Extraneous images draw attention from text, reducing comprehension in beginning readers — ScienceDaily
Reading is the gateway for learning, but one-third of elementary school students in the United States do not read at grade level. Researchers at Carnegie Mellon University are exploring how the design of reading materials affects literacy development. They find that an overly busy page with extraneous images can draw the reader’s attention away from the text, resulting in lower understanding of content.
The results of the study are available in the September issue of the journal npj Science of Learning.
“Learning to read is hard work for many kids,” said Anna Fisher, associate professor of psychology and senior author on the paper.
The typical design of books for beginning readers often include engaging and colorful illustrations to help define the characters and setting of the story, offer context for the text and motivate young readers. Fisher and Cassondra Eng, a doctoral candidate in CMU’s Department of Psychology and first author on the paper, hypothesized that the extraneous images may draw the reader’s eyes away from the text and disrupt the focus necessary to understand the story.
The researchers sought to understand how to support young readers and optimize their experience as they become more fluent readers. In the study, 60 first- and second-grade students from the greater Pittsburgh area were asked to read from a commercially available book designed for reading practice in this age group. Half of the book consisted of the published design and the other half was streamlined, having removed the extraneous images. Each child read from the same book. The team used a portable eye-tracker to monitor the number of times the child’s gaze shifted away from the text to images on the page.
To develop the streamlined version of the book, the researchers had a group of adults identify relevant images to the text. To differentiate, extraneous images were defined as entertaining, but nonessential pictures to understand the story. For the streamlined version, the researchers kept the images that 90% of the adult participants agreed were relevant illustrations. All other illustrations were removed.
While the time each child spent on a page was similar, the researchers found that nearly all children reading the streamlined version had lower gaze shifts away from text and higher reading comprehension scores compared to the text in the commercially designed version of the book. In particular, children who are more prone to look away from text benefited the most from the streamlined version of the book.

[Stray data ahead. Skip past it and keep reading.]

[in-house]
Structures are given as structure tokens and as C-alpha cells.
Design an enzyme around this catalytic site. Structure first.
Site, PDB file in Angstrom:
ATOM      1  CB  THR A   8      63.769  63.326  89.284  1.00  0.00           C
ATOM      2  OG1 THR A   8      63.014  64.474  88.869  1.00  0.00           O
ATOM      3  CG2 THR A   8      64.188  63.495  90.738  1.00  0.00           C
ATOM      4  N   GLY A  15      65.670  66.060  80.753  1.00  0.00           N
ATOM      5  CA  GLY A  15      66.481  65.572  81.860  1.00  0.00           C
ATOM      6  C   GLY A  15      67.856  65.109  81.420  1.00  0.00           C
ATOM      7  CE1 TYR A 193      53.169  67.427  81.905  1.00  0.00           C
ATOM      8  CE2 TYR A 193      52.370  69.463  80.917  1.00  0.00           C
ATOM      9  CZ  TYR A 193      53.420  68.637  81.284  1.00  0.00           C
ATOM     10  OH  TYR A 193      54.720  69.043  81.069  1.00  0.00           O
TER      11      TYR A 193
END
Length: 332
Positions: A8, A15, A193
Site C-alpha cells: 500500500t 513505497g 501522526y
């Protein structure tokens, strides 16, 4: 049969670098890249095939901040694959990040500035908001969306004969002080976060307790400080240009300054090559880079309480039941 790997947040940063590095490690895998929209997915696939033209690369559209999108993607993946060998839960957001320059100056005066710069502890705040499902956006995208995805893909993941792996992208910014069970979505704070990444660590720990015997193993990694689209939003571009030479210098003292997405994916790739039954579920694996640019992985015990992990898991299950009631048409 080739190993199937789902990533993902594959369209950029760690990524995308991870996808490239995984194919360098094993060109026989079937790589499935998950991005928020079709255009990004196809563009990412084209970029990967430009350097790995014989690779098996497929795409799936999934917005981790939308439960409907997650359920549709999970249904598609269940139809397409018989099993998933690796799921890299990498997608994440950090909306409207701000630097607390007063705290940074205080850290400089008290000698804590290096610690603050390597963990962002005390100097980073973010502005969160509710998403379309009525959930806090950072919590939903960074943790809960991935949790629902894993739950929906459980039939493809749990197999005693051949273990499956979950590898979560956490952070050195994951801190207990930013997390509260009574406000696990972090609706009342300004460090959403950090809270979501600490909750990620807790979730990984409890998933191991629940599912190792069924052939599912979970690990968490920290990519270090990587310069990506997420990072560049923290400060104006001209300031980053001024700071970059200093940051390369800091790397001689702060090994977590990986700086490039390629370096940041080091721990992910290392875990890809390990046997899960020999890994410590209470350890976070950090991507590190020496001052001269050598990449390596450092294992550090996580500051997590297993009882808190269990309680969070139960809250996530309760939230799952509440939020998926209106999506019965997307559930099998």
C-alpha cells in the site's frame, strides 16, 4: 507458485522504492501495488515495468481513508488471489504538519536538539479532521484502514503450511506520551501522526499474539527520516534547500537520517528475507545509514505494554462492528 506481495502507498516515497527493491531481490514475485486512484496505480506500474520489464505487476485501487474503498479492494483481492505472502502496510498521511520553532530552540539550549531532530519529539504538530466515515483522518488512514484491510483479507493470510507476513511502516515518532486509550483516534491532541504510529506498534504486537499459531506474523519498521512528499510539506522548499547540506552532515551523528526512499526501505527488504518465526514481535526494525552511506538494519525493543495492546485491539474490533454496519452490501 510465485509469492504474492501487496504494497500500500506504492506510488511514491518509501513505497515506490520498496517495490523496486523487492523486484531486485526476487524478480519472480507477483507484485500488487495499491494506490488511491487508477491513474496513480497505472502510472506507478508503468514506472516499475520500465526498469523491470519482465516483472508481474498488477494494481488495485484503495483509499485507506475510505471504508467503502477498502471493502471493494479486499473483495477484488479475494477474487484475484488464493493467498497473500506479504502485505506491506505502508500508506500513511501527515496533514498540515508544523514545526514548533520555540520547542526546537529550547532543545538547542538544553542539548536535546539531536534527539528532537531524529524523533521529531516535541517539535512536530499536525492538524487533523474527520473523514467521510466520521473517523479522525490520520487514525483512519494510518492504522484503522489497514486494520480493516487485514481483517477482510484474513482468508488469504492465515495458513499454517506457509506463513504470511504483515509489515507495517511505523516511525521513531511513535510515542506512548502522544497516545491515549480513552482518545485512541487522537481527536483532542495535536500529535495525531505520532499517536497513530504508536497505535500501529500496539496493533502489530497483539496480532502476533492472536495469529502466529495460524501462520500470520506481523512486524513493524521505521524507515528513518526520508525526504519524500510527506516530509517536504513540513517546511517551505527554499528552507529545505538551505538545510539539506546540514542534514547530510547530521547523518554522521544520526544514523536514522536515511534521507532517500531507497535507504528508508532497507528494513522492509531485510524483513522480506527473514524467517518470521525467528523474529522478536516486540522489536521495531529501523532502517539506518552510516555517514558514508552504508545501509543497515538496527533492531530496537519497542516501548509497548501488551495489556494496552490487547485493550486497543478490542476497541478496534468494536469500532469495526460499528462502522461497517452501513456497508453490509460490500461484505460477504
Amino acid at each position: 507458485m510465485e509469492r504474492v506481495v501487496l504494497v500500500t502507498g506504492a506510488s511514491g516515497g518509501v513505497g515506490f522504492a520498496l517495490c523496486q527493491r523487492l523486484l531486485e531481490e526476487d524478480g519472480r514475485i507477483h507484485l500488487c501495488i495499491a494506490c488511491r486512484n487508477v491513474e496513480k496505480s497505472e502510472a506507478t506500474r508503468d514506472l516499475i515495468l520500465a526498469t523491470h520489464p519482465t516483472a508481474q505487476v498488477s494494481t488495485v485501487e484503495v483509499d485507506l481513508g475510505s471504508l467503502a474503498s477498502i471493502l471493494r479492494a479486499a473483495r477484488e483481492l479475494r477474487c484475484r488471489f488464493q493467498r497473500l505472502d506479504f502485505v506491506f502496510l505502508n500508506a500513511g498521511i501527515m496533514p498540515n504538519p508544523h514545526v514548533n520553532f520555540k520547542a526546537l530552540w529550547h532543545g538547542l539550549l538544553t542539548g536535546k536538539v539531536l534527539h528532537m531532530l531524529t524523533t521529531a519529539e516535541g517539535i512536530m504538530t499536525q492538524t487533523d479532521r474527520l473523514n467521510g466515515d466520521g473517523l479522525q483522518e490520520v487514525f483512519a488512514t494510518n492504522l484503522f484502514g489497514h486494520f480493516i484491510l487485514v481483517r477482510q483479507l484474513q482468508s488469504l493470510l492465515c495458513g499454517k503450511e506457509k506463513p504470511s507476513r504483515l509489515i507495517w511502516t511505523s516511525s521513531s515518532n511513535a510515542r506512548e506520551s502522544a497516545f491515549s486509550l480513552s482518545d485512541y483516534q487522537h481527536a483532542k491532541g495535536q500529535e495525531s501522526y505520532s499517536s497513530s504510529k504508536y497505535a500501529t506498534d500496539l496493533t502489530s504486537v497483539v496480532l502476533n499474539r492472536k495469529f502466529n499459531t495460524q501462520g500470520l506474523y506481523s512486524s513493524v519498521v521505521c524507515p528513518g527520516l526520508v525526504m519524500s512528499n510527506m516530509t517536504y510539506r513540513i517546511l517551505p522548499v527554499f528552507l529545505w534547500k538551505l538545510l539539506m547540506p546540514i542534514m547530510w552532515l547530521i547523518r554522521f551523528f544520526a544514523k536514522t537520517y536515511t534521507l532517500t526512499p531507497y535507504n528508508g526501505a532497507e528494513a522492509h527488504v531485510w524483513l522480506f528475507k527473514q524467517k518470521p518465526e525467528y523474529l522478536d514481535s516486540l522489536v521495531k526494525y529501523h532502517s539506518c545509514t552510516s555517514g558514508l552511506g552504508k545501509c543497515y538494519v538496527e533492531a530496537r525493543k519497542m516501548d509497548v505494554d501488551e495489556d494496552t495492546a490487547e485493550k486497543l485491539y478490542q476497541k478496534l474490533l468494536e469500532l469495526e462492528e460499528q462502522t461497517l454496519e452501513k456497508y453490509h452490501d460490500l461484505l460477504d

“During these primary school years, children are in a transition period in which they are increasingly expected to read independently, but even more so in the wake of stay-at-home orders as children are using technology with less in-person guidance from teachers,” said Eng. “This is exciting because we can design materials grounded in learning theories that can be most helpful to children and enrich their experiences with technology.”
Fisher notes one limitation to this study was that her team only evaluated reading using a single book.
According to Fisher, these findings highlight ways to improve the design of educational materials, especially for beginning readers. By simply limiting extraneous illustrations, children can have an easier time focusing and better reading comprehension as a result.
“This is not a silver bullet and will not solve all challenges in learning to read,” said Fisher. “But if we can take steps to make practicing reading a little bit easier and reduce some of the barriers, we [can help children] engage with the printed material and derive enjoyment from this activity.”
Fisher and Eng were joined by Karrie Godwin at the University of Maryland Baltimore Country in the project titled, “Keep It Simple: Streamlining Book Illustrations Improves Attention and Comprehension in Beginning Readers.” The project received funding from the National Science Foundation and the U.S. Department of Education.
Materials provided by Carnegie Mellon University. Original written by Stacy Kish. Note: Content may be edited for style and length.